Religion and the american constitutional experiment
Religion and the American Constitutional Experiment by John Witte Jr.This new edition offers a novel reading of the American constitutional experiment in religious liberty. Lucid and engaging, this volume serves as a provocative primer for students, and a pristine restatement for specialists in law, religion, history, sociology, politics, and American studies. Through a fresh reading of familiar sources and cases, and through the discovery and introduction of new cases and materials, the author reclaims the essential value, vigor, and vitality of Americas most essential and cherished religious rights and liberties.
Religion and the American Constitutional Experiment
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The third edition of this classic book provides a comprehensive, multidisciplinary overview of the history, theory, law, and comparative analysis of American religious liberty from the earliest colonial period through the most recent Supreme Court cases. The authors present balanced, accessible discussions of controversial issues, such as funding religious schools and charities and displaying religious symbols on government property. Three chapters new to this edition cover the free exercise of religion, religion and public life, and religious organizations and the law. In addition, an expanded concluding chapter places the American experience in global context by comparing contemporary American religious liberty law with international human rights standards. John Witte, Jr. A specialist in legal history and religious liberty, he has published twenty-three books, ten journal symposia, and professional articles, and has lectured throughout North America, Europe, Israel, Japan, and South Africa.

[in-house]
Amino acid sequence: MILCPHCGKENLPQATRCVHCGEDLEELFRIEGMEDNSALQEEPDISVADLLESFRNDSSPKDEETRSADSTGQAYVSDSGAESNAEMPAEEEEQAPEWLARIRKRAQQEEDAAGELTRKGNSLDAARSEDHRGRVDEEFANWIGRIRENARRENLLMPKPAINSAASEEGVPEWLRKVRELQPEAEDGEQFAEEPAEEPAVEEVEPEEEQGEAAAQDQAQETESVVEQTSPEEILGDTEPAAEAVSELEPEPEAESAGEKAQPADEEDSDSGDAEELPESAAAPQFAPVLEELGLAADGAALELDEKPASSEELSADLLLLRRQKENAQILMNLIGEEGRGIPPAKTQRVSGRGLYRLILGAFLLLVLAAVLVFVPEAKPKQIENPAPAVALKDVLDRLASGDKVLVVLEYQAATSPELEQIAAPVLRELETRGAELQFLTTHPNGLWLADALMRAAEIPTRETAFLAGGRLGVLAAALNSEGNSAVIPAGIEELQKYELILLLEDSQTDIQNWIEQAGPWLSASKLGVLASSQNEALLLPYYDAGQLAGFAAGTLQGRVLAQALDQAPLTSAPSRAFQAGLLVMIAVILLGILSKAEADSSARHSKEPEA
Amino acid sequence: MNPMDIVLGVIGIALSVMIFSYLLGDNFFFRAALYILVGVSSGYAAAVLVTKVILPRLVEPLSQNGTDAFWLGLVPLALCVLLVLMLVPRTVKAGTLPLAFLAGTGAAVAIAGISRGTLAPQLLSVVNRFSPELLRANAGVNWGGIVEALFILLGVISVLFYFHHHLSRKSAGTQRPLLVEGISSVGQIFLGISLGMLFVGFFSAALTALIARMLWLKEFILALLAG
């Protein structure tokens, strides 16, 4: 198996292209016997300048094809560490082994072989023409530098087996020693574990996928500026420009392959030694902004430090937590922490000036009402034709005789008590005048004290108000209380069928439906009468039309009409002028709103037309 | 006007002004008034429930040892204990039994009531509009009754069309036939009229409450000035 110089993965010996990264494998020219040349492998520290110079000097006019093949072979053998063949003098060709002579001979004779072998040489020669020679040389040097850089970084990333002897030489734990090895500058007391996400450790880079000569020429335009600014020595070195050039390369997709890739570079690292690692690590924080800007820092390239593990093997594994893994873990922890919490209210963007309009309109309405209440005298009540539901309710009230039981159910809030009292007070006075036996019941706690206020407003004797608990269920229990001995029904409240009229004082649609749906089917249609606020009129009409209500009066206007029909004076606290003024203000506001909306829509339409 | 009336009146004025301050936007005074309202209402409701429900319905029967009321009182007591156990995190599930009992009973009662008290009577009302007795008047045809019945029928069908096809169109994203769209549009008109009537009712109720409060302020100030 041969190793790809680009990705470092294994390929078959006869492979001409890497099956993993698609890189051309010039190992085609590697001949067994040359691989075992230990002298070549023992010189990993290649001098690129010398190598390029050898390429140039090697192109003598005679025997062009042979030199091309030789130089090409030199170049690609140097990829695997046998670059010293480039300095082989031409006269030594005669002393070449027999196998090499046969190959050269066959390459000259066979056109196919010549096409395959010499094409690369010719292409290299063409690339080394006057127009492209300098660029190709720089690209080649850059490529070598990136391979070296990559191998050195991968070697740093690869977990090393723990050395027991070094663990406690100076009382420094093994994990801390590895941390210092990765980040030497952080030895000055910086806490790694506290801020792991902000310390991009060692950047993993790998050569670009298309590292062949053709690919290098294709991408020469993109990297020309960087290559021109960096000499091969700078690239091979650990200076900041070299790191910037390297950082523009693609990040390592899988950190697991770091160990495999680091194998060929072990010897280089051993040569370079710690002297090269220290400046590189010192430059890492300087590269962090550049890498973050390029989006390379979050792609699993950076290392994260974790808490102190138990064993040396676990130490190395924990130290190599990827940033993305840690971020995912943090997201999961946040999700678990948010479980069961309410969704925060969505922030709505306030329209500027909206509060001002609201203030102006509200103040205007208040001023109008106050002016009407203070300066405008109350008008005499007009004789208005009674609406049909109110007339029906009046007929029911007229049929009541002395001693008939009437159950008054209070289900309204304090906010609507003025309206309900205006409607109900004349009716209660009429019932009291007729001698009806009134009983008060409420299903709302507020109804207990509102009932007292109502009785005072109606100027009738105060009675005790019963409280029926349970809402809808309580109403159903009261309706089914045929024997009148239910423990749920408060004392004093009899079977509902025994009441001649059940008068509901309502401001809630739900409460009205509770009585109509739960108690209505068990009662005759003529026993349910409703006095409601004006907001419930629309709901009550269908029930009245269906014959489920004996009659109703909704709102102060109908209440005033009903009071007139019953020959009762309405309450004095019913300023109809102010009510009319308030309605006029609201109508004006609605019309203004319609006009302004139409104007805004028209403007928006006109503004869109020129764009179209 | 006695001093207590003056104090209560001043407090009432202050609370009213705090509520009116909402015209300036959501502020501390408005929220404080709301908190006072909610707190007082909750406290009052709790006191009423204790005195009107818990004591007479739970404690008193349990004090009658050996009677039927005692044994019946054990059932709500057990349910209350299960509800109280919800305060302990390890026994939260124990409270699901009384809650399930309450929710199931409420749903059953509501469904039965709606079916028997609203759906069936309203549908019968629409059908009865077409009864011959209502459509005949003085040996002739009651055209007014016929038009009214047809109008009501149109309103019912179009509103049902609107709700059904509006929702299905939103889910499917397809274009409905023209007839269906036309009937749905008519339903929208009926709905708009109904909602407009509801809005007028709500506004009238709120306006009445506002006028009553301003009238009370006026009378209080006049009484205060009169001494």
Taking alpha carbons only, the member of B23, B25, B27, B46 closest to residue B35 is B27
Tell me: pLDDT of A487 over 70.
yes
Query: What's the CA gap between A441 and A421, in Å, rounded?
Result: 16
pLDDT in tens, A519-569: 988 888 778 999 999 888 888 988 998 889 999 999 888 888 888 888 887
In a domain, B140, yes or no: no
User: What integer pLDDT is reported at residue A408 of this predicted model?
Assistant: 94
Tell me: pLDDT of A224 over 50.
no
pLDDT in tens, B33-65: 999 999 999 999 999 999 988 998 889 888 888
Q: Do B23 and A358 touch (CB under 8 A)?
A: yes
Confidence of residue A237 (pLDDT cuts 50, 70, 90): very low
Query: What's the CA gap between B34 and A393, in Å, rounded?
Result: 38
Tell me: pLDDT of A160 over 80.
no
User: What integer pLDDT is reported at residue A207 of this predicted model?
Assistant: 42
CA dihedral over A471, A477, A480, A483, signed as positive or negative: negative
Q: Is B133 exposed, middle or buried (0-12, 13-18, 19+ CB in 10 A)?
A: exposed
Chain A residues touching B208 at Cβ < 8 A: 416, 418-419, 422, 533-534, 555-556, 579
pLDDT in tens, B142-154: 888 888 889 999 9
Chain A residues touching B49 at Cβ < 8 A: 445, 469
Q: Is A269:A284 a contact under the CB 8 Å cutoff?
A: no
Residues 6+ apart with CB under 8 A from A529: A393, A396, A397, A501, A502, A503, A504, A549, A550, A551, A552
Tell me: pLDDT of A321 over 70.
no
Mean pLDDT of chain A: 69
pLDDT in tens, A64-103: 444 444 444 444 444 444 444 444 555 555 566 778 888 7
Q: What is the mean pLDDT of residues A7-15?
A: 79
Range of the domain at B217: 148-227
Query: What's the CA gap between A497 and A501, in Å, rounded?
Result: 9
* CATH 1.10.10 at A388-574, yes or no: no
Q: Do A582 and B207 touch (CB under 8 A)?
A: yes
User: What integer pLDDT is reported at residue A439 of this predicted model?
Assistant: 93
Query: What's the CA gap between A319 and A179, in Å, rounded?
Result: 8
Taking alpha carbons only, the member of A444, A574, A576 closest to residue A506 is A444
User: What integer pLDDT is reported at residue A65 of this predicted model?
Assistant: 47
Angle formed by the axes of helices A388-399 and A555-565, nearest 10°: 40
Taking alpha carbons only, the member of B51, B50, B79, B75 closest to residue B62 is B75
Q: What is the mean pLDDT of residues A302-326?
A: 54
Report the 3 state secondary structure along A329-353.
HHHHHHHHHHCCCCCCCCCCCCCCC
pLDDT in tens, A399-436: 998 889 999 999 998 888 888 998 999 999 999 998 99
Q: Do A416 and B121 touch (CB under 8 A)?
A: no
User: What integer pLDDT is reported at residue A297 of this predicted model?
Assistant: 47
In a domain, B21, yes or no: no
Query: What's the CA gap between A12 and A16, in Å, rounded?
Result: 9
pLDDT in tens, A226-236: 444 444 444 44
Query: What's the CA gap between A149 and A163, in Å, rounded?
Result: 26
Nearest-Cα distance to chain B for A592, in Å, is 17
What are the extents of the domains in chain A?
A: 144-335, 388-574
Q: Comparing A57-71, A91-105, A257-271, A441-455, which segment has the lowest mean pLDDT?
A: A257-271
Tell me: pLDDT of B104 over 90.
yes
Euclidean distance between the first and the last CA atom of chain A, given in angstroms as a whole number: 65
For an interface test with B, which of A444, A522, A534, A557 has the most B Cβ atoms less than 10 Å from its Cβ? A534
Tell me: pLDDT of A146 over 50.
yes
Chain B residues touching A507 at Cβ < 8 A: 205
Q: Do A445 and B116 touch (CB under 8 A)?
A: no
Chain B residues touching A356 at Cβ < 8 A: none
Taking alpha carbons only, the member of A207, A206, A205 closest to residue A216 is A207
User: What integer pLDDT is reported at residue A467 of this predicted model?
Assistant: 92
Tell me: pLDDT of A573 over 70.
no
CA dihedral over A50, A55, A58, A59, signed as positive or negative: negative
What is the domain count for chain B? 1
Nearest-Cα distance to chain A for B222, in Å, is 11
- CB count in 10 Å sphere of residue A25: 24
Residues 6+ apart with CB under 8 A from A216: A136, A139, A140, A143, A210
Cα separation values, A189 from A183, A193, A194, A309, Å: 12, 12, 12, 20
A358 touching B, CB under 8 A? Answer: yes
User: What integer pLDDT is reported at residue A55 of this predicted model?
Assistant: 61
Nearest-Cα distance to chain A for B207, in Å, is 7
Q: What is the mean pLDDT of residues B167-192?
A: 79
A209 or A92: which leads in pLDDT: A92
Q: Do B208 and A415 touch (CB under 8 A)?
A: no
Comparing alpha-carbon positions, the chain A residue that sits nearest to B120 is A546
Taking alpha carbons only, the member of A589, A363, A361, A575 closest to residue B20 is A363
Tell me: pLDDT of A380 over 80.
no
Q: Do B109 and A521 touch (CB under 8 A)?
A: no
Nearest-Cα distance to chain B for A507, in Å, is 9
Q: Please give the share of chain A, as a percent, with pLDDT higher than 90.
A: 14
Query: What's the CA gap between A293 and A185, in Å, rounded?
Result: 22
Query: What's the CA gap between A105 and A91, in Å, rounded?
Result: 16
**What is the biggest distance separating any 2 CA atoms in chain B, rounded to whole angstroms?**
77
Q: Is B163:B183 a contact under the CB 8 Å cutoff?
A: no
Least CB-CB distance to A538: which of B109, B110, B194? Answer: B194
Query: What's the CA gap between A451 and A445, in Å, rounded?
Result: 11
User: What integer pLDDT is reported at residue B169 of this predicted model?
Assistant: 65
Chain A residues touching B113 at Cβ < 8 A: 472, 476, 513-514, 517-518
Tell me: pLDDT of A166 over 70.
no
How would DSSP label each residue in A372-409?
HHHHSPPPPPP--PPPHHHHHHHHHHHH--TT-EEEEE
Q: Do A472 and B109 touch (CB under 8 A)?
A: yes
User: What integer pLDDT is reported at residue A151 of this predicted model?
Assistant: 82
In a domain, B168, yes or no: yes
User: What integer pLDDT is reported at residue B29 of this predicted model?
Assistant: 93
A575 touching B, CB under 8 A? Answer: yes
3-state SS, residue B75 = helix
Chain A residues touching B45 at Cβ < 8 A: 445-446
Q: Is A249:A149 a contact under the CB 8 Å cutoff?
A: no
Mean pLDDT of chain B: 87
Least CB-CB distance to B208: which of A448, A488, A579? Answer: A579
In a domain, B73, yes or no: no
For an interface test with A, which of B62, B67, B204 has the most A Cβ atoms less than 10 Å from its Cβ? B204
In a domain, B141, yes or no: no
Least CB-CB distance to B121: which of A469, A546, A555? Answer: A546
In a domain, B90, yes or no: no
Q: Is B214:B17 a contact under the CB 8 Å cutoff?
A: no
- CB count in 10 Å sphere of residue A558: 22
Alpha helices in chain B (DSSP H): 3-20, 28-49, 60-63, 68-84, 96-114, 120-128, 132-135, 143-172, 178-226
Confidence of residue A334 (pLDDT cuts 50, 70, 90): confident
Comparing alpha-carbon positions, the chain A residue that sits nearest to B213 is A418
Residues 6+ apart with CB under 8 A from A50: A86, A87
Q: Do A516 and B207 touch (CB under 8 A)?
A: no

John Witte, Jr. Description This accessible introduction tells the American story of religious liberty from its colonial beginnings to the latest Supreme Court cases. The authors provide extensive analysis of the formation of the First Amendment religion clauses and the plausible original intent or understanding of the founders.
taken by the fourth kind book
Religion and the American Constitutional Experiment is an excellent introduction to religious liberty in the United States. The book is organized into thirteen chapters including an overview of the Western European historical context, the varied opinions of the Founding Fathers in drafting the religious clauses of the Constitution, and the interpretive strategies and rulings of the US Supreme Court.
Religion and the American Constitutional Experiment. John Witte , Joel A. This accessible introduction tells the American story of religious liberty from its colonial beginnings to the latest Supreme Court cases. The authors provide extensive analysis of the formation of the First Amendment religion clauses and the plausible original intent or understanding of the founders. They describe the enduring principles of American religious freedom--liberty of conscience, free exercise of religion, religious equality, religious pluralism, separation of church and state, and no establishment of religion--as those principles were developed by the founders and applied by the Supreme Court. Successive chapters analyze the two hundred plus Supreme Court cases on religious freedom--on the free exercise of religion, the roles of government and religion in education, the place of religion in public life, and the interaction of religious organizations and the state. A final chapter shows how favorably American religious freedom compares with international human rights norms and European Court of Human Rights case law.